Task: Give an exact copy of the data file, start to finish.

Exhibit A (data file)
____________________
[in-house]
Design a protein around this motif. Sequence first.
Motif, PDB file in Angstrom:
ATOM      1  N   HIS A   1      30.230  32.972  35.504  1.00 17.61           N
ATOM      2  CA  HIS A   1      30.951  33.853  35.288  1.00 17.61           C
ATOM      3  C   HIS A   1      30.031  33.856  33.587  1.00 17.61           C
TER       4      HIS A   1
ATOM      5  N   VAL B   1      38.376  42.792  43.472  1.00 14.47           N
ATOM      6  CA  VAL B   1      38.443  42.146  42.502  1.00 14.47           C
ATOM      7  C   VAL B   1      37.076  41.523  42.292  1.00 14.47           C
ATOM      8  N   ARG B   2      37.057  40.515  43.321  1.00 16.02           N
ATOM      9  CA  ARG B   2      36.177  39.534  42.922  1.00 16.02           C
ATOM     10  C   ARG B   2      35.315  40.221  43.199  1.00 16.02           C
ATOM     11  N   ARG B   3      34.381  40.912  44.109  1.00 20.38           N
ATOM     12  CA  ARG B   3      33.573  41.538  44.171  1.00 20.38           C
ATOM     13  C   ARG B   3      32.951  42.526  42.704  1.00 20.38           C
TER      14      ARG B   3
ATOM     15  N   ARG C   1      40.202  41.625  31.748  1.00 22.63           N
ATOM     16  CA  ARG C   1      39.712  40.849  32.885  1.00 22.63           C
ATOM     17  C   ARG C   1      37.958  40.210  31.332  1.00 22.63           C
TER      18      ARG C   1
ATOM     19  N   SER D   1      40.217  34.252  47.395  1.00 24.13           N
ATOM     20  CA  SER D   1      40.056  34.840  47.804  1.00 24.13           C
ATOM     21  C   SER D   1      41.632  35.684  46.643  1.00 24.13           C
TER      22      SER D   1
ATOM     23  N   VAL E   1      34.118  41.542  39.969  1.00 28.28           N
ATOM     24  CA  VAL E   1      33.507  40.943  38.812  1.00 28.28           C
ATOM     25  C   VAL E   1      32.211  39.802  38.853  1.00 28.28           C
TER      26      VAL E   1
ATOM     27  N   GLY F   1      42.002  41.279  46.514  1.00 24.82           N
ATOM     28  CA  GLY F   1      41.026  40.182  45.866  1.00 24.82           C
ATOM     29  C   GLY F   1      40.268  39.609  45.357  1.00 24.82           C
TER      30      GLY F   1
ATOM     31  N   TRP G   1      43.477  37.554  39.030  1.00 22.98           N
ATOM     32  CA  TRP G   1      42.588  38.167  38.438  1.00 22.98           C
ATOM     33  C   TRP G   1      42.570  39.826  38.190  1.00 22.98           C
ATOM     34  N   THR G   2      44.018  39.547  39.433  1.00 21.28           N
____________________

[in-house]
Design a protein around this motif. Sequence first.
Motif, PDB file in Angstrom:
ATOM      1  N   HIS A   1      30.230  32.972  35.504  1.00 17.61           N
ATOM      2  CA  HIS A   1      30.951  33.853  35.288  1.00 17.61           C
ATOM      3  C   HIS A   1      30.031  33.856  33.587  1.00 17.61           C
TER       4      HIS A   1
ATOM      5  N   VAL B   1      38.376  42.792  43.472  1.00 14.47           N
ATOM      6  CA  VAL B   1      38.443  42.146  42.502  1.00 14.47           C
ATOM      7  C   VAL B   1      37.076  41.523  42.292  1.00 14.47           C
ATOM      8  N   ARG B   2      37.057  40.515  43.321  1.00 16.02           N
ATOM      9  CA  ARG B   2      36.177  39.534  42.922  1.00 16.02           C
ATOM     10  C   ARG B   2      35.315  40.221  43.199  1.00 16.02           C
ATOM     11  N   ARG B   3      34.381  40.912  44.109  1.00 20.38           N
ATOM     12  CA  ARG B   3      33.573  41.538  44.171  1.00 20.38           C
ATOM     13  C   ARG B   3      32.951  42.526  42.704  1.00 20.38           C
TER      14      ARG B   3
ATOM     15  N   ARG C   1      40.202  41.625  31.748  1.00 22.63           N
ATOM     16  CA  ARG C   1      39.712  40.849  32.885  1.00 22.63           C
ATOM     17  C   ARG C   1      37.958  40.210  31.332  1.00 22.63           C
TER      18      ARG C   1
ATOM     19  N   SER D   1      40.217  34.252  47.395  1.00 24.13           N
ATOM     20  CA  SER D   1      40.056  34.840  47.804  1.00 24.13           C
ATOM     21  C   SER D   1      41.632  35.684  46.643  1.00 24.13           C
TER      22      SER D   1
ATOM     23  N   VAL E   1      34.118  41.542  39.969  1.00 28.28           N
ATOM     24  CA  VAL E   1      33.507  40.943  38.812  1.00 28.28           C
ATOM     25  C   VAL E   1      32.211  39.802  38.853  1.00 28.28           C
TER      26      VAL E   1
ATOM     27  N   GLY F   1      42.002  41.279  46.514  1.00 24.82           N
ATOM     28  CA  GLY F   1      41.026  40.182  45.866  1.00 24.82           C
ATOM     29  C   GLY F   1      40.268  39.609  45.357  1.00 24.82           C
TER      30      GLY F   1
ATOM     31  N   TRP G   1      43.477  37.554  39.030  1.00 22.98           N
ATOM     32  CA  TRP G   1      42.588  38.167  38.438  1.00 22.98           C
ATOM     33  C   TRP G   1      42.570  39.826  38.190  1.00 22.98           C
ATOM     34  N   THR G   2      44.018  39.547  39.433  1.00 21.28           N